The residency has progressed and evolved into such an unexpected shape, the sheer momentum of engagement and response to women has made time slip away. There are four months to go and on Thursday 19th of March we are having a meeting to discuss what has been achieved and what is proposed for the final episode. I say episode because the residency has had that quality, of phases, moods, urgent at times and at other times more speculative and expanded. The last time I blogged was in October when I was looking at video tape in the women’s library. In the pile of tapes was one called A Person Again by Vikki Fleck who is someone I have known for a long time but had no idea she had made this work. The film is in the Zero Tolerance archive, among other vhs films which explore abuse, within the criteria of public information delivery, as animated exercises on bullying, and as documented accounts of the process of reaching out, seeking refuge and starting to rebuild.
What was interesting about Vikki’s film for me was the counterpoint it provided, the voices from another time speaking about something that still feels exactly the same but worse. It was made pre the digital umbilical, pre revenge porn, text based intimidation, iPhone soul stalkery, before spyware, data sticks, Facebook, before there was a platform for the mainstreaming of hardcore pornography, which is used by girls to learn what is the “correct” facial expression they should adopt on top, and by boys who, when asked where is the best place to ejaculate? respond with “on her face”. Young boys who have not learned about intimacy, young girls who have not learned about their equality. They are learning about power and who wields it.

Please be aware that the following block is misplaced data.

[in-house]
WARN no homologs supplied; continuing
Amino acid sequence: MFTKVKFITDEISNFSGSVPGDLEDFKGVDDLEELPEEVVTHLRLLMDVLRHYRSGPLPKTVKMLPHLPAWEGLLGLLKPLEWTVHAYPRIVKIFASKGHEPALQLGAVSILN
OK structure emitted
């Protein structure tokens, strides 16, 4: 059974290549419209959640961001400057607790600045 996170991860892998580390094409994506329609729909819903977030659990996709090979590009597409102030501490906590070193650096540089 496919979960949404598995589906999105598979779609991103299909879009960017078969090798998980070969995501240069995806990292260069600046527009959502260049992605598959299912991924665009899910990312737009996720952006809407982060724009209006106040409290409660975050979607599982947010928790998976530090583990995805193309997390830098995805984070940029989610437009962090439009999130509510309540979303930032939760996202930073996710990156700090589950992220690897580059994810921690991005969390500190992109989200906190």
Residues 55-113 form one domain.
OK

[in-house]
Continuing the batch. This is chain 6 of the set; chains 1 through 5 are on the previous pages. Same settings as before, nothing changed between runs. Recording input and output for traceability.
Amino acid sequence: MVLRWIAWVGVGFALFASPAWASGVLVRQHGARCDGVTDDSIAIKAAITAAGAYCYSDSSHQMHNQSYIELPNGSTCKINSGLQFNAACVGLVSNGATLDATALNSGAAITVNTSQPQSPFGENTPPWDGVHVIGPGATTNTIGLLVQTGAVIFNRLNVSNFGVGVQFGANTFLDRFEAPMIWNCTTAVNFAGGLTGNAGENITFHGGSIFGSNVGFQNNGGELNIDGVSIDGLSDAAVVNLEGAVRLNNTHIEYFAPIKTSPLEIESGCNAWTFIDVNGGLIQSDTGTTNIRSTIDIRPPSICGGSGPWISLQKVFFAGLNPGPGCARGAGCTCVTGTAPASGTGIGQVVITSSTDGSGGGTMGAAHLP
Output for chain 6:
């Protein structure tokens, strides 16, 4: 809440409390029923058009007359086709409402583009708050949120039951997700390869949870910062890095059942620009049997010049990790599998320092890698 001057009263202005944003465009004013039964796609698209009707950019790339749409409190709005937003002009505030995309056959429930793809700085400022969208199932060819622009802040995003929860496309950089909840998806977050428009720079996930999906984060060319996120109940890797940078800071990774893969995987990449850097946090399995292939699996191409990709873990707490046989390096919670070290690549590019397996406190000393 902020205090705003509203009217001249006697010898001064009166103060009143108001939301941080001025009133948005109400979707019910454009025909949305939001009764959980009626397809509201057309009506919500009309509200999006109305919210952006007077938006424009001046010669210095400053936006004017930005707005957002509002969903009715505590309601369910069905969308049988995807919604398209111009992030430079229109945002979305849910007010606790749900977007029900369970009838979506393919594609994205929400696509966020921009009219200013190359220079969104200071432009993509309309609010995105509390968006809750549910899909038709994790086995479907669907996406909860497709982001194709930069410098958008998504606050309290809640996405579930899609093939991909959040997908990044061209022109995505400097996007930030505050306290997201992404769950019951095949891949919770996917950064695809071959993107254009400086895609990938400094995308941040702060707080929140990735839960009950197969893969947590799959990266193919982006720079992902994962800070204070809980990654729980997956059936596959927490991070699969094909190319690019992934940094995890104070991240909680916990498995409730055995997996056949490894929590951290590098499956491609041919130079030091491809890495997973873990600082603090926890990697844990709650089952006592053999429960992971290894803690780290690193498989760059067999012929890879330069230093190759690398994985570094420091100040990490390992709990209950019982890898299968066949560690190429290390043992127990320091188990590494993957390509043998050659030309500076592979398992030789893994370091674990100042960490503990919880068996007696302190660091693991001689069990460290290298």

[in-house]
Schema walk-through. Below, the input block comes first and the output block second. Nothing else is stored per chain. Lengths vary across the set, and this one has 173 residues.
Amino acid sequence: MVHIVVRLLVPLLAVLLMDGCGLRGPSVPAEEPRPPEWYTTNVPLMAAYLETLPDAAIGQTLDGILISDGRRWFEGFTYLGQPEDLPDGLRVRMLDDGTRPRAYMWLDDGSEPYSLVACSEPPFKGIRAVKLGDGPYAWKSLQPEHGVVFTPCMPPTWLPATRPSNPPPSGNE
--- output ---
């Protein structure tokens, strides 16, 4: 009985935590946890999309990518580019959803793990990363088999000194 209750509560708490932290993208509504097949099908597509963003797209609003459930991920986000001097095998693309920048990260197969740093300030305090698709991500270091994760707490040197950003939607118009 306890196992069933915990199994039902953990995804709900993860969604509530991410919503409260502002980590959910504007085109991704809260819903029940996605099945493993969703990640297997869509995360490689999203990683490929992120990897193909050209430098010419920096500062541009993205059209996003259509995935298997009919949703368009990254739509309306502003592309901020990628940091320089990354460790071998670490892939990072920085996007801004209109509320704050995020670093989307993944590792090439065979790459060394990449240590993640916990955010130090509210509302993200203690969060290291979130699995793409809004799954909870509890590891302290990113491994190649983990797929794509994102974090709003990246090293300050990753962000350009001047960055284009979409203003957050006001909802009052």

I have a son, he is seven, he is listening to Capital radio because he is pig sick of Radio Four. And I realise he is singing along to a song where a guy is telling his “shortie” that he doesnt mind her dancing on the pole just bring home the money and make all the other guys jealous that she’s his bitch. I turn it off, with no warning, and he starts to cry because he thinks he has done something wrong.
I am studying the male abuse of women, as an artist, in the context of being an artist, meaning something will be made from this study. Artwork will emerge. By who? Me?
We know so much more now about abuse, violence, assault in terms of what happens to the mind. The invisible place. We know about post traumatic stress disorder, the effects on children who bear witness to domestic violence, the effect on children who are abused, how the brain develops when devastated. We have a sophisticated overview of male abuse of women, we have found the patterns, recognised its strains, how it transcends class, age, religion, nationality. We know it is a fundamental abuse of power, obtained within the patriarchal privilege, we even have special courts to address the epidemic, the Domestic Abuse Court.
But we still expose women to adversarial justice procedures which fail them, we put them in front of juries who can silently enact their own prejudices, we allow abused women to be judged, as witnesses to their own violation, assault, battering. We focus on corroboration for a crime that takes place in the utmost privacy. We ignore the expertise of front line workers who could provide insightful evidence, talk to signs and symptoms. And then we leave all that behind, wipe the slate clean for family court where an abuser can plead to see his children safe in the knowledge that his violence will not be cited in a family court before the Sherrif because it is not considered relevant to family contact.